I understand that we have 46 DNA molecules in the nucleus of our cells, arranged in 23 pairs: 22 autosomal and 1 sex chromosome pairs.

I have read in different sources that the pairs contain nearly identical members, excluding any mutations. I have also read that the pairs contain 1 member we inherited from our mothers and 1 we inherited from our fathers, which are different due to inheritance.

This seems contradictory, given that genealogical companies match up on the differences on these chromosomes.

My understanding was that meiosis creates sperm and egg cells that each carry 23 chromosomes - they are haploids. During the first steps of meiosis that creates the reproductive cells we have a combining of the parent's chromosome pair from their parents to create 4 daughter cells, each independently viable, where the recombination of the chromosome pair has occurred at somewhat predictable spots (for you perhaps :-) ) and that these spots can be related to genes. It is this step that give us our genetic variation between siblings for example. A new person's DNA is partially formed from any one of these highly varied daughter cell possibilities.

Fertilization combines the reproductive cells to produce the 46 chromosome zygote with is again diploid.

I think this understanding supports the second interpretation that our chromosome pairs are not 2 nearly identical DNA molecules but are distinct.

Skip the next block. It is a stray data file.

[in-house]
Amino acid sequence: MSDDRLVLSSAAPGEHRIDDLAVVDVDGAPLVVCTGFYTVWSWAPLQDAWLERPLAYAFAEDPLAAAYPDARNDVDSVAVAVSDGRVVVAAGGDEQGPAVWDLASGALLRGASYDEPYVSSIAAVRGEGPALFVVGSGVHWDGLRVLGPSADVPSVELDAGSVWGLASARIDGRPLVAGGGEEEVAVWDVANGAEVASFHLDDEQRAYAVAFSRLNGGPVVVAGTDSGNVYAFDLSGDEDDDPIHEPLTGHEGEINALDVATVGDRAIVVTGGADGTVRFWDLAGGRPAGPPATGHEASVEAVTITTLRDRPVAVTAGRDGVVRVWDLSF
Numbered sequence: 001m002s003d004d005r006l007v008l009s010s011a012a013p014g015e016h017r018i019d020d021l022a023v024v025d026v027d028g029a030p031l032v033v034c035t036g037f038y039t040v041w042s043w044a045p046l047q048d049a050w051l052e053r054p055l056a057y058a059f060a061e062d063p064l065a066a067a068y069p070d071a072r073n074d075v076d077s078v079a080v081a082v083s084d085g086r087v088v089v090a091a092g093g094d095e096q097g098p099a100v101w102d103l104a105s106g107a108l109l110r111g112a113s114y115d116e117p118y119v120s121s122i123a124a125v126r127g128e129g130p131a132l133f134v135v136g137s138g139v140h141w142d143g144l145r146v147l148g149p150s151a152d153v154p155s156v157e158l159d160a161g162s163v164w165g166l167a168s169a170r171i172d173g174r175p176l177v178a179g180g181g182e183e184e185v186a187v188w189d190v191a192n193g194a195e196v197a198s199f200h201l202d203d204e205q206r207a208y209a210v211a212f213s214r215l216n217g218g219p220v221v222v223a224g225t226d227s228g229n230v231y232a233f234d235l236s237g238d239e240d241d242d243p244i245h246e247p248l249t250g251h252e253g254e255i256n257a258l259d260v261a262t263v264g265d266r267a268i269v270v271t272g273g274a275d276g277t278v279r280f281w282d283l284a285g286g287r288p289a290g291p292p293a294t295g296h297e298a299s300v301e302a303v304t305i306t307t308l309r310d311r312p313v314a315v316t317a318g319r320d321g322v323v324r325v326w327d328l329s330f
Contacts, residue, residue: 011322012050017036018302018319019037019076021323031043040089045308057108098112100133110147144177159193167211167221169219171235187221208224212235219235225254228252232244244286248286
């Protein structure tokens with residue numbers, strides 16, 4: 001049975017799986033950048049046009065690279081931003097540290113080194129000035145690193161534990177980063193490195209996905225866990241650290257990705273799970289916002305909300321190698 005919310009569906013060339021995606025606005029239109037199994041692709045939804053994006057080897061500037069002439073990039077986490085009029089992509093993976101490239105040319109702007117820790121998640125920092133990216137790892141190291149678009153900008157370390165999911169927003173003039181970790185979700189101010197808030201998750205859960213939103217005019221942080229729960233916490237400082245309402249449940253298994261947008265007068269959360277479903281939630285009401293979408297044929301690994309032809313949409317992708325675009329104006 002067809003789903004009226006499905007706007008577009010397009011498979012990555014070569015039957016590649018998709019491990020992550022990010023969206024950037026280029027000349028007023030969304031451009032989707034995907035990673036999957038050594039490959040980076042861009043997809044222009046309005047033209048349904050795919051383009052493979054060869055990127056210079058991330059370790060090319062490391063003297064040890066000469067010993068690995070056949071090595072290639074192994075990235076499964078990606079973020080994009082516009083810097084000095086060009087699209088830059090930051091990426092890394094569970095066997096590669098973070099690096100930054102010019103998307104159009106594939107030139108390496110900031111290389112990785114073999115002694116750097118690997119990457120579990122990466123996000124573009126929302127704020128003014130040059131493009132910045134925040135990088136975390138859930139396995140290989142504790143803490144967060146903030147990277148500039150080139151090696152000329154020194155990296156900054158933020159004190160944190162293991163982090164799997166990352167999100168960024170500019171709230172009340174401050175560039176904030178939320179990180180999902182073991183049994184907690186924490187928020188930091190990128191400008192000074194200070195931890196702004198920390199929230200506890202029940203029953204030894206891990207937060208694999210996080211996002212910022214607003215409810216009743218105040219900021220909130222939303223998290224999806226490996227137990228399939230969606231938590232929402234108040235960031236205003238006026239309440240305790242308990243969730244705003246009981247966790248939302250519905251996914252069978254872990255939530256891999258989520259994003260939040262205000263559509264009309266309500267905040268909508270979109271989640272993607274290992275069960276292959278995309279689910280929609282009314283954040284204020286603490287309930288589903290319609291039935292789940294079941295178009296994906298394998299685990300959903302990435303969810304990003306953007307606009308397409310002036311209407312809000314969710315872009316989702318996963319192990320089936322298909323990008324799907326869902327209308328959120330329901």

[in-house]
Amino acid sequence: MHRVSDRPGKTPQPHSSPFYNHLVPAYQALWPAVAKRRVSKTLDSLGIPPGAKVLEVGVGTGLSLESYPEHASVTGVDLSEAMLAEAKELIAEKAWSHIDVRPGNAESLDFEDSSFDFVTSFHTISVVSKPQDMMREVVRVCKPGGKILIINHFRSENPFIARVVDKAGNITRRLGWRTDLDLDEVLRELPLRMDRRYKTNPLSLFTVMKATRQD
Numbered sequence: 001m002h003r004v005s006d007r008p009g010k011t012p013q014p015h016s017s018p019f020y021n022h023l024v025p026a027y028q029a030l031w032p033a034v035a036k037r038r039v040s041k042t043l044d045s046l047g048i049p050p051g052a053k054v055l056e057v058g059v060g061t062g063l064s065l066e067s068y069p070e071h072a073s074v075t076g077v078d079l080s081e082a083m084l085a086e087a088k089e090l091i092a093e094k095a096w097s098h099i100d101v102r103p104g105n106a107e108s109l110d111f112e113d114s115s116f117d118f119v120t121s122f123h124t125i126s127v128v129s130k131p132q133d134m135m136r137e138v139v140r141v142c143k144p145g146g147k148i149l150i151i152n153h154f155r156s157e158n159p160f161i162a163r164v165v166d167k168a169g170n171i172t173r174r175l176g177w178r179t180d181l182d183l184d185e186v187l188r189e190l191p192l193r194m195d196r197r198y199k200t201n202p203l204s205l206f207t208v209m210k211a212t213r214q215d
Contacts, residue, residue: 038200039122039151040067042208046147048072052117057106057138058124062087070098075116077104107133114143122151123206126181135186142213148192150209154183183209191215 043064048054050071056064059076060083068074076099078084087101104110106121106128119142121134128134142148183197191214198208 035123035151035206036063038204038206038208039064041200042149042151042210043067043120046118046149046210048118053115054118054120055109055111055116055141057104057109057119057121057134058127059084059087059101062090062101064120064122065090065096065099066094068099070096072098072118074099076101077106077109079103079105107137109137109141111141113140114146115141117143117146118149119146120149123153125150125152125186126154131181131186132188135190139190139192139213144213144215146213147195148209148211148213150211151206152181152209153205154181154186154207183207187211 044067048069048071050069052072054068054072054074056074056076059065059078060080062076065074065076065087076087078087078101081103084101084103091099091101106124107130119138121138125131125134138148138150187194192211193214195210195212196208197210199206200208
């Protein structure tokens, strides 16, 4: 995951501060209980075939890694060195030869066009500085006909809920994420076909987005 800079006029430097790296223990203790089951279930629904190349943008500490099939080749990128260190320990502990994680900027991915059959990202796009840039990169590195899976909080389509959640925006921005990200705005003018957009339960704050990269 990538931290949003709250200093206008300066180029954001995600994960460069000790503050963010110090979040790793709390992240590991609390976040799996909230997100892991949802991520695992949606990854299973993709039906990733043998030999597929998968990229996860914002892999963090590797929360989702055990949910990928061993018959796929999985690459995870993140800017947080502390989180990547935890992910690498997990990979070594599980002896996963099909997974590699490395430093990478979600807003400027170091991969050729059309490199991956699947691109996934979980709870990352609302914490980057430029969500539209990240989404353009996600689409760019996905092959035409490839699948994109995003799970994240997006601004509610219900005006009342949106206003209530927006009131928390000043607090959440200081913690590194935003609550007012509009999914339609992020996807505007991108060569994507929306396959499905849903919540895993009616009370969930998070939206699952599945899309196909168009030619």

Have I got this right? Is there a missing process or a misunderstanding in my interpretation?

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    $\begingroup$ I think there is a bit of confusion about what is meant by identical/distinct. Two genes could appear identical, or nearly so, yet have different functions, say by just swapping a couple of nucleotides. $\endgroup$ – jamesqf Jan 29 at 18:30
  • $\begingroup$ I am referring to the sequencing of SNPs, not to the function or expression of those sequences. Do both chromosomes in a chromosome pair have nearly identical sequences of ACTG excluding differences due to sequencing techniques and/or trivial transpositions of the sequence number up or down. $\endgroup$ – Stephen Jan 29 at 19:05